If you’ve paid any attention to the news over the last several months, you may have heard the term “civil forfeiture” or “civil asset forfeiture” brought up. The controversial practice found itself in the limelight again roughly a year ago after Attorney General Jeff Sessions came out in support of the practice and sought to expand it. However, the move was overwhelmingly blocked by a bipartisan group in Congress.
What is civil forfeiture in the first place? This little-known practice is one that many Americans have never heard of, and shockingly so, as it could come back to affect them with little to no warning. To put it simple, civil forfeiture is the practice of law enforcement charging property with being involved in the perpetration of a crime, and thus seizing it. This is often done without any accusations against the property’s owner, and without obtaining a search warrant from a judge. To make matters even more confusing, states are allowed to make their own laws and set their own standards for civil forfeiture, and the standards can vary from a complete and total ban on the practice to virtually allowing officers to seize property at will with little to no evidence of any wrongdoing.
Arguments For & Against
Law enforcement officers claim that civil asset forfeiture is an invaluable tool for two reasons. First, it allows officers to crack down on and seize any property used in the perpetration of a crime, thus de-incentivizing criminals from attempting to perpetrate illegal acts in their jurisdiction. They particularly like to point to drug crimes, where transporting large sums of cash, drugs, or drug paraphernalia is often conducted right under society’s nose. Officers argue that civil forfeiture allows officers to seize this contraband, thus giving criminals a reason to think twice before trying to enter their domain.
Second, officers claim it helps keep taxes in their municipalities low. This is because many states permit the precincts that perform the seizure to use the assets seized to fund the department. A better-funded department functions better and also doesn’t require as much assistance from the government, thus meaning taxes can be kept lower without sacrificing the safety of the public.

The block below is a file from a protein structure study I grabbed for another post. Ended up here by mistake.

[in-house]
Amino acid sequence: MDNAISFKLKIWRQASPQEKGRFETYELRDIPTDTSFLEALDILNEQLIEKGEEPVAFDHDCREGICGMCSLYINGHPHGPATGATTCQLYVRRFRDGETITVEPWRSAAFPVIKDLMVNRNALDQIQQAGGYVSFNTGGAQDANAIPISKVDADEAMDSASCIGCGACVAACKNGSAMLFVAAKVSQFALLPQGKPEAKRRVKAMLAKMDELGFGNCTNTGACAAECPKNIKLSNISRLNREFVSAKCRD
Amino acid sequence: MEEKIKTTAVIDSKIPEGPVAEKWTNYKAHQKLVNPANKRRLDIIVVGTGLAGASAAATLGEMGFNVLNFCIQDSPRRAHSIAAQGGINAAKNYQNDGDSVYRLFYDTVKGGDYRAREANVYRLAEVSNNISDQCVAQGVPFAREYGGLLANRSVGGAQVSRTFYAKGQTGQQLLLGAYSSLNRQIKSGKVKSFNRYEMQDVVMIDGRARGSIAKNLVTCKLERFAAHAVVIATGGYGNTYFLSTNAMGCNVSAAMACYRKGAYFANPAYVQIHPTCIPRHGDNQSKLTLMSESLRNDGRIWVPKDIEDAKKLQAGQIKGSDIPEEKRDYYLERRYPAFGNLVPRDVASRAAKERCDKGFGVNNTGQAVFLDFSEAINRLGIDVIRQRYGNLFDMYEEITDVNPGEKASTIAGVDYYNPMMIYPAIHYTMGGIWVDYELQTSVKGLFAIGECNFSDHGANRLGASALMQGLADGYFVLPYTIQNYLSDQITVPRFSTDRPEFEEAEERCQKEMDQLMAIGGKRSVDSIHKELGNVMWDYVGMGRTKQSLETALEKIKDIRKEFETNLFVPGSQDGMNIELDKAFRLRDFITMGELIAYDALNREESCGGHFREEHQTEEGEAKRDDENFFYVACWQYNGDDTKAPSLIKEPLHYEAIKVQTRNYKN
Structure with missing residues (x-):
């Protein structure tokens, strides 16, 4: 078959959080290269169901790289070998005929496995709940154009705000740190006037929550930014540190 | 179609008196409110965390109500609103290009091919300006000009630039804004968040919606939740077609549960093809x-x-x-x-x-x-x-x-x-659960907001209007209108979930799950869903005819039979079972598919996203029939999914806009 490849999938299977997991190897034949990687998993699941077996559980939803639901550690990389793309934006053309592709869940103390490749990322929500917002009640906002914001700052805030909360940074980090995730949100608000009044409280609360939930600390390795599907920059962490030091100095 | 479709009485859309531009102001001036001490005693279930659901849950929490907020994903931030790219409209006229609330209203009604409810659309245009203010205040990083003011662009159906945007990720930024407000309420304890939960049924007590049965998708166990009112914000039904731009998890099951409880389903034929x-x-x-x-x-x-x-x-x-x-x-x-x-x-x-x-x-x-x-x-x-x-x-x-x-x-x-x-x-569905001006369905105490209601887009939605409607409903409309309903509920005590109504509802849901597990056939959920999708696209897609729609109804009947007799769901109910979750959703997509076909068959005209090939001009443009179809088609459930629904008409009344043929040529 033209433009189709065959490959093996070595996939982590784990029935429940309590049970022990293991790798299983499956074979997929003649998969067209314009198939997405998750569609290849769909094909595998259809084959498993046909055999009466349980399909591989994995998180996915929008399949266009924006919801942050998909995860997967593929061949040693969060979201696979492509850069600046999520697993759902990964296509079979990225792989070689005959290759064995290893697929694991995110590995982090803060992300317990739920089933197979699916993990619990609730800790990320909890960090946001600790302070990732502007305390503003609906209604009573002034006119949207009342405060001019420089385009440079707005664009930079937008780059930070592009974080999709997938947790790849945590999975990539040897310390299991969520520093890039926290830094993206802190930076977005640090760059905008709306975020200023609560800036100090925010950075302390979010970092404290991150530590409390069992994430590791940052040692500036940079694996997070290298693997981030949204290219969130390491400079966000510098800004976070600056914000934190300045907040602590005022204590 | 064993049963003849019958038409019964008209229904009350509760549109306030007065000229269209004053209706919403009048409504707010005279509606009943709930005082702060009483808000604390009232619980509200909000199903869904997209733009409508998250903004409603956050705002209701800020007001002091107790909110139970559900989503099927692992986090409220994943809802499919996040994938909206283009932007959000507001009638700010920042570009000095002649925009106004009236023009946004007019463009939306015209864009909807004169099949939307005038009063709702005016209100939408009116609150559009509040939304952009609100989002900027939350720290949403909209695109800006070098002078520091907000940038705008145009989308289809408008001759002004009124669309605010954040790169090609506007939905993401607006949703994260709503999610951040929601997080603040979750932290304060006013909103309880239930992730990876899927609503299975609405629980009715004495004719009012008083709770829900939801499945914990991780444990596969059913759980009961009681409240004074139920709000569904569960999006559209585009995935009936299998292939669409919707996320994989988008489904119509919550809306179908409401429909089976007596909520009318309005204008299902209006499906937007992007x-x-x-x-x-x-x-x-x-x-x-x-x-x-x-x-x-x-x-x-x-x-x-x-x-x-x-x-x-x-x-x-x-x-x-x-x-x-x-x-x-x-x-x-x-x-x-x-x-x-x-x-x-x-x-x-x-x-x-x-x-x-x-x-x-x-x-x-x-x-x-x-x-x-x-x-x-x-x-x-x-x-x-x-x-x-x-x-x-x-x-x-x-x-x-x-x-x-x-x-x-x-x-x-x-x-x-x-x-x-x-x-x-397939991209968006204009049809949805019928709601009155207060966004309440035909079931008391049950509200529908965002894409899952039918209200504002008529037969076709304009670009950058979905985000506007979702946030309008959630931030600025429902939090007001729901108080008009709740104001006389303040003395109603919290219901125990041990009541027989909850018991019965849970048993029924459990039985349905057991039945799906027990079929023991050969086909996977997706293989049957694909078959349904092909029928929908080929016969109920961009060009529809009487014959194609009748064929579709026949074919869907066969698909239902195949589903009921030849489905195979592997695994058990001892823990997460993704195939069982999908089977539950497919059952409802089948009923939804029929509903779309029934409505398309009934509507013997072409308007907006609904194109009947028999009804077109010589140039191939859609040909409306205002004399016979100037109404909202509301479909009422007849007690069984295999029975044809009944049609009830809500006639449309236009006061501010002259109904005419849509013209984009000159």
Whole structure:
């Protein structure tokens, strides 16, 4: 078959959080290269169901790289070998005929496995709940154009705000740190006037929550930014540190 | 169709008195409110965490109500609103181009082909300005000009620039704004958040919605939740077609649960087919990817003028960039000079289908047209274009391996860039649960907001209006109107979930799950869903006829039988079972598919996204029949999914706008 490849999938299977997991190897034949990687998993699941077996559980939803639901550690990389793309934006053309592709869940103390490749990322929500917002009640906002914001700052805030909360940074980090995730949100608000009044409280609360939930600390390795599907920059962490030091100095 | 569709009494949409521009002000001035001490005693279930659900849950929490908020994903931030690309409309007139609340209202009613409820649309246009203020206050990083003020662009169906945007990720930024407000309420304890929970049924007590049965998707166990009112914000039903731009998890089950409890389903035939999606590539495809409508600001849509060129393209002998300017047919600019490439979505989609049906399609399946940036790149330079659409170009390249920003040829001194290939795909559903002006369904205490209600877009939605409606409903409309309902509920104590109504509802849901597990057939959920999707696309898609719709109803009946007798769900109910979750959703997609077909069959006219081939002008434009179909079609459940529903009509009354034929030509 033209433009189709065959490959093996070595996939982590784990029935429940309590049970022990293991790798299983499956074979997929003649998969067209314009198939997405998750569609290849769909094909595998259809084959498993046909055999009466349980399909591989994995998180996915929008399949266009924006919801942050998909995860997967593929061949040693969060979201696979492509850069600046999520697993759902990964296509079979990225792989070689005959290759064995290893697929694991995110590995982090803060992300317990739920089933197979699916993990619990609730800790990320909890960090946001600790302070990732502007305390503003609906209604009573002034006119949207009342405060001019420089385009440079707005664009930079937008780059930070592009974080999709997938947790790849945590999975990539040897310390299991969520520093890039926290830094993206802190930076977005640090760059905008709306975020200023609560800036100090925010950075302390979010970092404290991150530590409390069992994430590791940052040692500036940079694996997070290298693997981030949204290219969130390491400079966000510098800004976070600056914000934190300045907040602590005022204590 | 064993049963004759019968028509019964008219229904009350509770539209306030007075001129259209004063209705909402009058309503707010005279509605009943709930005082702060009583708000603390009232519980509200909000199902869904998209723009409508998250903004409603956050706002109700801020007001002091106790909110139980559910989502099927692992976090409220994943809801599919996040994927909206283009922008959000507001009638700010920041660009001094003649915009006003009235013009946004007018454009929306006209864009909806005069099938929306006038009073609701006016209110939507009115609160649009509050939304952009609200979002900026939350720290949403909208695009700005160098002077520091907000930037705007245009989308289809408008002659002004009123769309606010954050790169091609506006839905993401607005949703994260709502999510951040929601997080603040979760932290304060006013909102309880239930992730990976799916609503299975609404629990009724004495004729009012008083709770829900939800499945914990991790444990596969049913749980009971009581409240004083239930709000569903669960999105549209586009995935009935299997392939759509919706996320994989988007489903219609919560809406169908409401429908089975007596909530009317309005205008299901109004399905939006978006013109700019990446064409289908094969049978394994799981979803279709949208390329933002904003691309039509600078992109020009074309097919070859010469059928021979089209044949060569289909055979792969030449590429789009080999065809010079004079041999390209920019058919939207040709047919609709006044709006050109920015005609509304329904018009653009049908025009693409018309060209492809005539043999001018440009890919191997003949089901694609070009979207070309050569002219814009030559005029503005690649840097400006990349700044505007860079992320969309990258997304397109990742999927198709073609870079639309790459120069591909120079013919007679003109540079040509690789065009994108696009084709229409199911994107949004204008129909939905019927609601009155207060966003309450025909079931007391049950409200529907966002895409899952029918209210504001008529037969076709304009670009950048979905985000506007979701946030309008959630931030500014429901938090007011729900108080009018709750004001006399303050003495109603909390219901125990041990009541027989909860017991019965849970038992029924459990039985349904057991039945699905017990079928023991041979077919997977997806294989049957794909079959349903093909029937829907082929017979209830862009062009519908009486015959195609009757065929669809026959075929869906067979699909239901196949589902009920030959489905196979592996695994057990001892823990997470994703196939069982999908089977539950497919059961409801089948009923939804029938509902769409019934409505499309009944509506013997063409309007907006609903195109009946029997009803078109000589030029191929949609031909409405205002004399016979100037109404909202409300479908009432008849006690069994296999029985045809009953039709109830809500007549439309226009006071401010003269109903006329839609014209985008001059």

However, civil rights activists, criminal defense lawyers, and many politicians have argued that this practice is a blatant and total disregard for constitutional rights to privacy and property, and essentially ignores the Fourth Amendment’s unreasonable search and seizure protection laws. Furthermore, they argue that allowing seized assets to fund departments incentivizes corruption and unlawful use of the practice to harass and essentially rob law-abiding citizens, who have little to no way of fighting back. And unfortunately, these concerns have been vindicated on numerous occasions, as entire departments have been found abusing the system for their own benefit in cities across the country.
And to make matters worse, those who have their property seized often have little chance of being able to ever get it back, even if they’re completely innocent. Whereas criminal courts hold those accused of crimes to be “innocent until proven guilty,” property is considered “guilty until proven innocent.” Thus, the departments place the onus on the property’s owner to show that it was not used in the perpetration of a crime, which can be a long, difficult, and expensive process. In many cases, property owners simply choose to cut their losses rather than waste the money trying to recover the property in a lengthy court battle that’s already heavily stacked against them.
Pennsylvania Forfeiture Laws
So what does Pennsylvania law say about this practice? Unfortunately, to this day only one state has fully and completely abolished asset forfeiture, and a small handful actually require a criminal conviction before authorizing the seizure of property. Pennsylvania is not one of these states.
Instead, the legal standard in Pennsylvania for authorizing asset forfeiture is known as “preponderance of evidence.” In essence, what this means is that if the seizing officer, in their best judgement based on the evidence available at the time of the seizure, believes that it’s more likely true than untrue that the property in question is connected to a crime, then it can legally be seized. Furthermore, 100% of all forfeiture proceeds go right back into law enforcement coffers, thus motivating officers to seize everything they can.If you have been arrested or had your property unlawfully seized, you have a limited amount of time to fight back and reclaim that which rightfully belongs to you. Call the Law Offices of William D. Thompson at (570) 666-1068 today for a case evaluation to get started.